During a Nov. 6 protest organized by the environmental collectives Bloque Verde and the Central American Alliance for the Protection of Biodiversity, more than 100 demonstrators in front of the Agriculture and Livestock Ministry in western San José demanded the prohibition of genetically modified corn in Costa Rica.
Inside, members of the National Biosecurity Technical Commission discussed a request by Delta and Pine Land (D&PL), a subsidiary of multinational Monsanto, to plant GM corn seeds in the northwestern province of Guanacaste.
A second company, Semillas del Trópico S.A., also sought to import and plant GM seeds, but was rejected because they failed to meet the commission’s requirements.
Although the financial weekly El Financiero reported that D&PL hopes to plant 1-2 hectares of GM corn, and Bloque Verde said the company wants to plant 15 hectares, D&PL spokeswoman Eva Barbosa said the area planted would depend on the nine-member commission’s final evaluation.
Protesters, including environmentalists, students and farmers, hoped to alert members of the commission about the risks they believe are associated with GMOs and their effect on local varieties of corn and on human health.
Farmer Juan Arriaga, a member of the environmental and agricultural organization Sol y Vida in Santa Cruz, the historic city in the northwestern province of Guanacaste, said that introducing GM corn seed in Costa Rica “means shame, hunger, dependence and illness for human beings, and for the nature and biodiversity that we constantly sell [to tourists] in Costa Rica.”
“The ICT [Costa Rican Tourism Board] sells the image abroad that Costa Rica is 100 percent natural, with no artificial ingredients, yet we’re one of the countries that most uses poisonous agricultural chemicals,” Arriaga said. “It’s going to be worse if they permit genetically modified corn.”
Arriaga worries that GM seeds will contaminate local seeds, as corn cultivation depends on open pollination, meaning that plants are pollinated through the air, water and via insects. Some farmers worry that down the road, they’ll end up having to pay for patented seeds.
Before the meeting, agronomy engineer, environmentalist and commission member Fabián Pacheco, said the defense of non-modified, local corn is something that goes beyond a discussion among technocrats in a closed-door meeting.
“We’re talking about the future of farmers’ rights, and that can’t be defined by a closed-door commission,” he said.
Pacheco pointed to studies, such as one by biologist Gilles-Eric Seralini, that indicated genetically modified corn caused tumors and other organ damage to laboratory rats. However, the European Food Safety Authority (EFSA) has played down the significance of that study, which was published in the peer-reviewed journal Food and Chemical Toxicology, saying it was inconclusive.
A few days after the commission’s meeting, Pacheco said he had presented various studies and information that demonstrated the problems associated with allowing GM corn into the country.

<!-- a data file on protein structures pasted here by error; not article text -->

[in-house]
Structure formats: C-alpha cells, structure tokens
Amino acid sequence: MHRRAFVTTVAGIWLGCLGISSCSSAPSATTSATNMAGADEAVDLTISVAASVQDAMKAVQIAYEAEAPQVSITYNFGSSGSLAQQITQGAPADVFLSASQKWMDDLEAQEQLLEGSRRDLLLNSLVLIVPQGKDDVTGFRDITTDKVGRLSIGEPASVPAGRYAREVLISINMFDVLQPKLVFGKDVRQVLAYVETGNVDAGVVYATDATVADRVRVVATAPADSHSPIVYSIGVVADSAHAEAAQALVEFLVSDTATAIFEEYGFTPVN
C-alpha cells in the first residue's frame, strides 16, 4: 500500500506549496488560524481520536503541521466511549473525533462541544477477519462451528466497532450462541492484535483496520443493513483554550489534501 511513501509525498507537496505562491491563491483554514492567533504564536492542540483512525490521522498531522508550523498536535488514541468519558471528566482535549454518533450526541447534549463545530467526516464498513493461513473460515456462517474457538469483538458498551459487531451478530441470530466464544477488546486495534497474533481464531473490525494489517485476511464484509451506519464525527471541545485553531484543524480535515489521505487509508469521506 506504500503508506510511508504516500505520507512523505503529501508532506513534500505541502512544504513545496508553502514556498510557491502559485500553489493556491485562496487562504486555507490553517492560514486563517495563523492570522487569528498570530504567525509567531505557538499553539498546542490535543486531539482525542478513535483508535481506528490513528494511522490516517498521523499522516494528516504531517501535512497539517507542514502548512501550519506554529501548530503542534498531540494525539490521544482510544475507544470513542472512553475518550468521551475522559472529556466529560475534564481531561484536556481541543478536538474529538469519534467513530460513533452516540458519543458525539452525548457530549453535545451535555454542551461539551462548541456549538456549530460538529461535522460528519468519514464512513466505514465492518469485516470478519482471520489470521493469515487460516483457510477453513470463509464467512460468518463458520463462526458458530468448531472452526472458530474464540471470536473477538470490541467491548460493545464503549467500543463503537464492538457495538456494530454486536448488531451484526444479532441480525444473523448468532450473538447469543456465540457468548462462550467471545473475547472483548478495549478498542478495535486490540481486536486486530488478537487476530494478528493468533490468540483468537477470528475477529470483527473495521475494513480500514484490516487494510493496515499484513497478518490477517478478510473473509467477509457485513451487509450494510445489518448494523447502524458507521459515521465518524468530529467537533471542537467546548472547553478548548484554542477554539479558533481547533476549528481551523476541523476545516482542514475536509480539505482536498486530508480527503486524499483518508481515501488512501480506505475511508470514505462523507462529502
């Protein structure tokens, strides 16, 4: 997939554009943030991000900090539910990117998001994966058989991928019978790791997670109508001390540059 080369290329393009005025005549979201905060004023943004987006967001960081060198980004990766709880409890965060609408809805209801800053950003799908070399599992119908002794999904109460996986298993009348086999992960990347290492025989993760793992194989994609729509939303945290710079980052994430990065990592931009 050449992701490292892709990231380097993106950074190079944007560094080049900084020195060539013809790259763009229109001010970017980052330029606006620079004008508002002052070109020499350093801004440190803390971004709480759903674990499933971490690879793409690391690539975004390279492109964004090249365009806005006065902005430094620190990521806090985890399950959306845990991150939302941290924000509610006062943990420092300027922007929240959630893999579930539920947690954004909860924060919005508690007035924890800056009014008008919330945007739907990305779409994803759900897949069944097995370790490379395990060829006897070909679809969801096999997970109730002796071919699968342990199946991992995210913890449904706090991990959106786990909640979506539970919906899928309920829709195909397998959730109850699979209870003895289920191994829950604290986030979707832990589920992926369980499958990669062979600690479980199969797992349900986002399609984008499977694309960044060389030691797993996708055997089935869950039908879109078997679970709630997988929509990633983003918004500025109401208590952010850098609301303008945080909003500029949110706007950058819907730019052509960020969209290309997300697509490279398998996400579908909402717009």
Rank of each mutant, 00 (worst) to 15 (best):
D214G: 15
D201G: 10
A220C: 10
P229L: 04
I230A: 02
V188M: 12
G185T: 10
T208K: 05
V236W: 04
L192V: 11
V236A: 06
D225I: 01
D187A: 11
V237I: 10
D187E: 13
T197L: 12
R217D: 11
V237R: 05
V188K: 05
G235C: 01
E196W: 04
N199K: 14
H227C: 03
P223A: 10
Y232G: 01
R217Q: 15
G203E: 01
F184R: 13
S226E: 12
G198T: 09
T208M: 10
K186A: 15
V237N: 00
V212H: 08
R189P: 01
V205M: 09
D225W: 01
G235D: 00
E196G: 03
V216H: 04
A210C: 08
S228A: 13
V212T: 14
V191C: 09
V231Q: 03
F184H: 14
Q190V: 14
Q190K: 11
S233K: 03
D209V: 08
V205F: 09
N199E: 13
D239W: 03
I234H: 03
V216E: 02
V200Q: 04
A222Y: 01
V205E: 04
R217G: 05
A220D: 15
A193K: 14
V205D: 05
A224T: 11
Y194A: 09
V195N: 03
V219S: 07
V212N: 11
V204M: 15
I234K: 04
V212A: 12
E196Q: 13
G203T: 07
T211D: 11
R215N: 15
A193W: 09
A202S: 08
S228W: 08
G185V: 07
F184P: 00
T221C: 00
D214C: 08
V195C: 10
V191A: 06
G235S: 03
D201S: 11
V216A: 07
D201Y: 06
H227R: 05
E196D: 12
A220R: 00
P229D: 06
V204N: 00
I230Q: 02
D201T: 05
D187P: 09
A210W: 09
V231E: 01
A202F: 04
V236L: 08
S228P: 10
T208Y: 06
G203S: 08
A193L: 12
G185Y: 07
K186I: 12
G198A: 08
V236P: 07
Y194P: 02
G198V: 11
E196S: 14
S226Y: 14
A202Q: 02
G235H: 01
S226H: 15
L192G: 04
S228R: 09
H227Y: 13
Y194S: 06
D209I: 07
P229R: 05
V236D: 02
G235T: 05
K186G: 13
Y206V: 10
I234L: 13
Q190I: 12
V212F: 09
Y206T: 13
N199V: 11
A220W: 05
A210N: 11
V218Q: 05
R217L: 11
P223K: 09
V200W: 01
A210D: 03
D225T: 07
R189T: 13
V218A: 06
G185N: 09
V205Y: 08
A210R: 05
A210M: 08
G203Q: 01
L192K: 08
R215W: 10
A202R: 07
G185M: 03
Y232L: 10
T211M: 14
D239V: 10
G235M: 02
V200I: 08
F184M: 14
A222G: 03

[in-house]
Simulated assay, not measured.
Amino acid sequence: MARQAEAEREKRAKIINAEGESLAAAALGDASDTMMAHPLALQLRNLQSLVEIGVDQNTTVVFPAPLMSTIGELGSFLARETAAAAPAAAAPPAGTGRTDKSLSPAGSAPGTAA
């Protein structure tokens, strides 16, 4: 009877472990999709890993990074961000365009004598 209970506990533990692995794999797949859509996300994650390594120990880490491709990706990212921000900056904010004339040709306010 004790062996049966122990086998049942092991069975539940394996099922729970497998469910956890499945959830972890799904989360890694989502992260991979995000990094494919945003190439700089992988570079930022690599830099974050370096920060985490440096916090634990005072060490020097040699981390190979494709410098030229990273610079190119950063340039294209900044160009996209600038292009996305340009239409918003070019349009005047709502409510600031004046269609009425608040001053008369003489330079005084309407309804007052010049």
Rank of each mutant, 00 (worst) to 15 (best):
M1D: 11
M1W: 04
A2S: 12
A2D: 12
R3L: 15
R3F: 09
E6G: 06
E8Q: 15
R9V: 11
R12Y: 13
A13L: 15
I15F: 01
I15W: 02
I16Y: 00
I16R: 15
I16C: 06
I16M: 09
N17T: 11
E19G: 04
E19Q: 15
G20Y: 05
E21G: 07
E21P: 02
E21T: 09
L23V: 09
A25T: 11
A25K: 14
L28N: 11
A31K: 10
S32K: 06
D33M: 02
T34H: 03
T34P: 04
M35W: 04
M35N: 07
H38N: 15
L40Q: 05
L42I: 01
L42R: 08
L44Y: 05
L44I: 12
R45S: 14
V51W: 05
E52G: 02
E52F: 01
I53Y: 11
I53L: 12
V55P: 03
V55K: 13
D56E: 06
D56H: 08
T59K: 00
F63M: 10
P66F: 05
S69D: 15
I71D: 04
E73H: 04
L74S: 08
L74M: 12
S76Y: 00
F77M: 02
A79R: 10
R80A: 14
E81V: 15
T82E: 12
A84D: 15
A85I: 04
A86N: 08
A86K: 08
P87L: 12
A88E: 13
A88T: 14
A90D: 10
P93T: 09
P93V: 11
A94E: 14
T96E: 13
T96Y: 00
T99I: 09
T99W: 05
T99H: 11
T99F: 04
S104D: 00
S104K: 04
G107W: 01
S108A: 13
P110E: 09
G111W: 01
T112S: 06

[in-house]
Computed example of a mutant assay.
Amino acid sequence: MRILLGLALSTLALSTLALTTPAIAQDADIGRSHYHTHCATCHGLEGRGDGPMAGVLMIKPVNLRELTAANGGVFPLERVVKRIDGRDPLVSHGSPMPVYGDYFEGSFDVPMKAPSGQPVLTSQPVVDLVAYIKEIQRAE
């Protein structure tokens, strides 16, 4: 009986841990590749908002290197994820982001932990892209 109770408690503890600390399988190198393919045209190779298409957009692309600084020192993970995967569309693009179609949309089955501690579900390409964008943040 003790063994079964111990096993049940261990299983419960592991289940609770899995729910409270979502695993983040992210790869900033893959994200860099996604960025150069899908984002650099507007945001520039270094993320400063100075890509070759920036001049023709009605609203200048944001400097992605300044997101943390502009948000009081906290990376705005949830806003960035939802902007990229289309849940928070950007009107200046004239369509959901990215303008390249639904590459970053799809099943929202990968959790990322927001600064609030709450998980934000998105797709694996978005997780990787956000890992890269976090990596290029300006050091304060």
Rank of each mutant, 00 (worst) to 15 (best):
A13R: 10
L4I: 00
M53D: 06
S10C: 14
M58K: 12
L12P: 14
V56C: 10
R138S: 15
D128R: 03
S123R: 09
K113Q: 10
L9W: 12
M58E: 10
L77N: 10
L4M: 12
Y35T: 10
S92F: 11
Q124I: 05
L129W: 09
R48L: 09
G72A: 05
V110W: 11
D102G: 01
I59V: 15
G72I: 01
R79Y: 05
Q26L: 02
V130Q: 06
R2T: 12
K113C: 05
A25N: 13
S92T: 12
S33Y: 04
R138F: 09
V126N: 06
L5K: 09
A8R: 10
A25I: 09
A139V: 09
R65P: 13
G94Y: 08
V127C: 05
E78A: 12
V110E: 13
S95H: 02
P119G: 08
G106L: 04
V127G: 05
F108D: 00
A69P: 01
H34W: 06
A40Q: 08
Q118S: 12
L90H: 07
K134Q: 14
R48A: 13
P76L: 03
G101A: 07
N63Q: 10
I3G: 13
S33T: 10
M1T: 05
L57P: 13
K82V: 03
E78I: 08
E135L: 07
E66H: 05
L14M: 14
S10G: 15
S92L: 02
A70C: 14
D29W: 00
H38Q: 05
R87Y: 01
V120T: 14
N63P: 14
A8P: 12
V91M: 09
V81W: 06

But Pacheco’s stance against GMOs has locked him out of access to company information on the variety of seed D&PL wants to import: Despite sitting on the commission, the company filed a legal motion to block him and other environmentalists from accessing information about the seed variety, Mon 603.
Barbosa said the varieties of corn the company plans on using in Costa Rica, if approved by the commission, are genetically modified to resist certain insects and to tolerate the application of pesticides. She said the seed is not for human consumption, but rather to generate more seed for export. She added that no scientifically rigorous studies exist showing that GM seeds are unsafe. According to the Food and Agriculture Organization and EFSA, Barbosa said, GMOs are just as safe as their conventional equivalents, which she said is supported by internationally accepted scientific research.
She added that although corn is openly pollinated, studies show that nearly 100 percent of pollen remains within 50 meters of the plant that emits it. Existing regulations of corn-seed certification establish 50 meters of separation with other corn crops to guarantee purity of the seed produced.
That statement is disputed by Luis Felipe Arauz, dean of the University of Costa Rica’s Agri-Food Sciences faculty. Arauz said that because corn pollen travels on the wind, it is impossible to keep it in a designated area. He is concerned that crossing local corn with GM corn could result in the introduction of Monsanto’s patented GM corn into local corn varieties. If that happens, he said, farmers would not be able to plant the hybrid corn, because they could risk legal action by Monsanto.
For Arauz, the risks outweigh the possible benefits for Costa Rica, and he urged commission members to reject the company’s request.
Leda Madrigal, a member of the commission representing the Agriculture and Livestock Ministry, said it is important for the public to know that the commission will base its decision on scientific and technical studies, as established by Costa Rican law.
According to a press release from the Culture Ministry, a group of citizens asked Culture Minister Manuel Obregón to declare local corn a national heritage, therefore affording local varieties official government protection. The request is based on the idea that a culture of corn generates different cultural products associated with many traditions that are represented in gastronomy, music, literature and indigenous culture, said Adrián Vindas, director of the Center for Research and Conservation of Cultural Patrimony.
The commission will vote on the company’s request Dec. 3.